The child poverty rate is on the rise as a record number of struggling families fall into poverty. These once-stable families have either lost their jobs or homes to foreclosure. It is estimated that the child poverty rate in the United States will soon hit 25 percent. Nevertheless, our elected officials continue to emphasize personal responsibility rhetoric and ignore poverty reduction policies.

Friday, April 15, 2011

DetNews: Detroit library could close most of its branches

Nearly all of the public libraries in Detroit may close soon. This will leave few opportunities for residents to improve literacy and access the internet. Ironically, Detroit city officials claim that they want to attract new residents and young professionals back to the city, yet they want to reduce trash pickup and close essential public services, including schools and libraries at alarming rates.
The Detroit Public Library could close most of its neighborhood branches and lay off more than half of its workers because of an $11 million shortfall caused by plunging tax collections...

Whatever course commissioners who oversee the system choose in May, residents in an economically challenged city with a functional illiteracy rate of 47 percent are likely to suffer.

Monday, April 11, 2011

The Future of Macro Social Work in the 21st Century

Last month, a visitor emailed me an excellent article, Social Work Intellectuals in the Twenty-First Century, about the role of social workers in the 21st century. Although I had already responded to the person, I thought it was important to share it with the rest of the community. It talks about critical social theory and the decline of public intellectuals in American society. Reasons listed include an increased emphasis on professionalization and articles in peer-reviewed publications. The focus on research has deterred many promising social work intellectuals from sparking social change and advocating for social justice in newspapers, blogs and other media venues. I can only name two public intellectuals (Noam Chomsky, Paul Krugman) in the media today. That's a shame.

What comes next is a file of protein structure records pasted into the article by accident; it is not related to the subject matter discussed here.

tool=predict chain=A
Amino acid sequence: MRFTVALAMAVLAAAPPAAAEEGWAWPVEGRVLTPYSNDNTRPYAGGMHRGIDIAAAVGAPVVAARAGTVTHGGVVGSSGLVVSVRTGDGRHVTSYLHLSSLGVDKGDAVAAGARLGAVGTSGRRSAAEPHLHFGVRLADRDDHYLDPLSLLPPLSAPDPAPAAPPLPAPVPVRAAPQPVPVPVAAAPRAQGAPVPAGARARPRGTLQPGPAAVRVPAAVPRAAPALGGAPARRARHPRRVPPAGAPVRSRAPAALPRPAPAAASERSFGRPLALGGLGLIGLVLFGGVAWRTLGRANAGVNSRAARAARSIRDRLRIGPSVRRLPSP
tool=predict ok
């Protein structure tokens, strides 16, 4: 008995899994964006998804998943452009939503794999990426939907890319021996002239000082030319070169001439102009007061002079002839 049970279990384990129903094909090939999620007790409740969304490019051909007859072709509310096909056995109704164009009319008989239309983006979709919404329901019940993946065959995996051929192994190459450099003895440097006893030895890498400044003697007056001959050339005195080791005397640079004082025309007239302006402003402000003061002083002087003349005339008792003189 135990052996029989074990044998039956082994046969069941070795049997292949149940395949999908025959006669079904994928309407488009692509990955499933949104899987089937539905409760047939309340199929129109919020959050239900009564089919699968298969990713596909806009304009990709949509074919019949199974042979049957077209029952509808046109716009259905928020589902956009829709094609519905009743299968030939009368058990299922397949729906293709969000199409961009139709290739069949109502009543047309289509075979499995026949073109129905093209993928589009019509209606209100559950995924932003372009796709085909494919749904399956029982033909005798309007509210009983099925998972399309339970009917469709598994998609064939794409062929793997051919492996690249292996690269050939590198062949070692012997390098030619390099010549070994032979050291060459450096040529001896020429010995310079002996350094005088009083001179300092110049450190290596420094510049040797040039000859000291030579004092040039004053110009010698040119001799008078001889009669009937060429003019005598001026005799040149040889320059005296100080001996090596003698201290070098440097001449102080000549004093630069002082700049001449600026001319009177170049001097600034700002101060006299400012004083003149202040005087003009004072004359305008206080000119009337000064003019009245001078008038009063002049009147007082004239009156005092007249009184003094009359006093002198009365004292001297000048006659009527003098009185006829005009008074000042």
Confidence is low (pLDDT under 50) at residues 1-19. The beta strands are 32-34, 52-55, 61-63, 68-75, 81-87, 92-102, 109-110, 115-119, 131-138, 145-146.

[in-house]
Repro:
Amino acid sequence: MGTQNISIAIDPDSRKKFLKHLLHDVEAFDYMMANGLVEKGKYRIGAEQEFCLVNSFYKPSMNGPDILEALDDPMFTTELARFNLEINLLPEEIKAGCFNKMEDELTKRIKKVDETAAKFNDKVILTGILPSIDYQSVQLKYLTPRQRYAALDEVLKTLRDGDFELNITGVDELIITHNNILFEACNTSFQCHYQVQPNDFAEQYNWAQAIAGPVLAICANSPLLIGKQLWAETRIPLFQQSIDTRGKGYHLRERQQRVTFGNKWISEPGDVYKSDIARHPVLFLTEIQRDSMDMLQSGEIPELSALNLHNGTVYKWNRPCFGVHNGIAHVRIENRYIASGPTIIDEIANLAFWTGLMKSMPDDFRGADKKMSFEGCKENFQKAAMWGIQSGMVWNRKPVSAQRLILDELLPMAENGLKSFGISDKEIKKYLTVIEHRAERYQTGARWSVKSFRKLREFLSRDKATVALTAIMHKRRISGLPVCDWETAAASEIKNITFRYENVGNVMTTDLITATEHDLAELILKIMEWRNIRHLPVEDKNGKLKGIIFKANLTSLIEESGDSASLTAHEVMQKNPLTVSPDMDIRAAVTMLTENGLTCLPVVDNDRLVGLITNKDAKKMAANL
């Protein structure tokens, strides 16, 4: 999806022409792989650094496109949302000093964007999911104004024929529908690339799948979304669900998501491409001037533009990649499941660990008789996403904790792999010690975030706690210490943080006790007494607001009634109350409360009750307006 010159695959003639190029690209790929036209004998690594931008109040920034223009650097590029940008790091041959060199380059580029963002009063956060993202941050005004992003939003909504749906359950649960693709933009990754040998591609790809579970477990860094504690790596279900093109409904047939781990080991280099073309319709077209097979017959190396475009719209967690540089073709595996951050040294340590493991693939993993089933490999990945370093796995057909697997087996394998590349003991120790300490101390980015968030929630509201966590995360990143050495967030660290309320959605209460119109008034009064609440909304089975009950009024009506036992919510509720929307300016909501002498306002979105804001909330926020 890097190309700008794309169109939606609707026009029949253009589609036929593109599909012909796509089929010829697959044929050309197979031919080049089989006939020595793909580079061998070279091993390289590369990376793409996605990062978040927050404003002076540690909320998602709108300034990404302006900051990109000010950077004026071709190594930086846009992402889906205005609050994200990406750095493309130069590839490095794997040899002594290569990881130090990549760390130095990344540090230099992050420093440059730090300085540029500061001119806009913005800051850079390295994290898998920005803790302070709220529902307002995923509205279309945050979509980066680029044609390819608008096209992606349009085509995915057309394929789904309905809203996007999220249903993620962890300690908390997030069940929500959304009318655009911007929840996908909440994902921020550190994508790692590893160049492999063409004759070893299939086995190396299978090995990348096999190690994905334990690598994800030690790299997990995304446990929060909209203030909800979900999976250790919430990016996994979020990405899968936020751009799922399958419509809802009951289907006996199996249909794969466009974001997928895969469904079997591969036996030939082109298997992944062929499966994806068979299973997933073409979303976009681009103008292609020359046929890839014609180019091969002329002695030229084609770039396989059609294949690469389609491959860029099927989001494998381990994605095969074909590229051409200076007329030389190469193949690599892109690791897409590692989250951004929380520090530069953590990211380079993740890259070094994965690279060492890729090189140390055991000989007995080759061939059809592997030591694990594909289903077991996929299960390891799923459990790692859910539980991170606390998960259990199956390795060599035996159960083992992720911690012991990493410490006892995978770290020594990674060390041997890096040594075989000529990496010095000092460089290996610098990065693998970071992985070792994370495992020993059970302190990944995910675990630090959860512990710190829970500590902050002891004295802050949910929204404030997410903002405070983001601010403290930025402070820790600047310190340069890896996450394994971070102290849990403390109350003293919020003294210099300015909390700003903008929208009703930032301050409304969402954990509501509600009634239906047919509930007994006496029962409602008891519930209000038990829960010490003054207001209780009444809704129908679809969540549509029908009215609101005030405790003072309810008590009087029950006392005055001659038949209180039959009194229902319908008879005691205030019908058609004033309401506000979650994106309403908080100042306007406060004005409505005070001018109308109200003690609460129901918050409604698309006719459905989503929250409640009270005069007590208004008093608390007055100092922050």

I am very familiar with critical social theory, and recently completed a project about critical race theory. Social work is a unique field that focuses on practice, research and social justice. Many professions do not mandate their professionals to pursue social justice goals within their code of ethics. However, too often, social workers have focused too much on the idea of professionalism with individuals and not on important issues, such as becoming a collective-bargaining organization that can advocate for higher wages and safer working conditions. Ironically, the first social workers were community practitioners and activists (settlement house movement) who advocated for social justice and system reform.

I will also discuss a paper written by a social work graduate student at Loyola University Chicago. Her paper focused on strengthening community practice in social work. Some social work educators and practitioners were concerned with the absence of macro theory and practice (system reform work, community organizing, advocacy, social activism, community economic development, and human capital development) in social work education. In fact, many of these activities are no longer associated with the social work profession today. She briefly describes the historical micro-macro divide (Charity Organizations Society vs. Settlement House movement) through three periods of conflict (Progressive era, World War II, and 1960s social movements).

She proposes a community development framework for social workers because "it focuses on the centrality of oppressed people in the process of overcoming externally imposed social problems. She also adopts the Christian Community Development Association's tenets of community development: a) relocation - living in the community to develop shared experiences with clients, b) redistribution - providing collective advocacy of the community to secure needed resources, and c) reconciliation - requires dialogue between groups to acknowledge past and present oppression. Overall, this presentation enlightened me because this is the reason why I chose the social work profession. With its emphasis on social justice and community empowerment, I have a passion to help others and engage in system reform.

What do you think is the future of macro social work in the 21st century?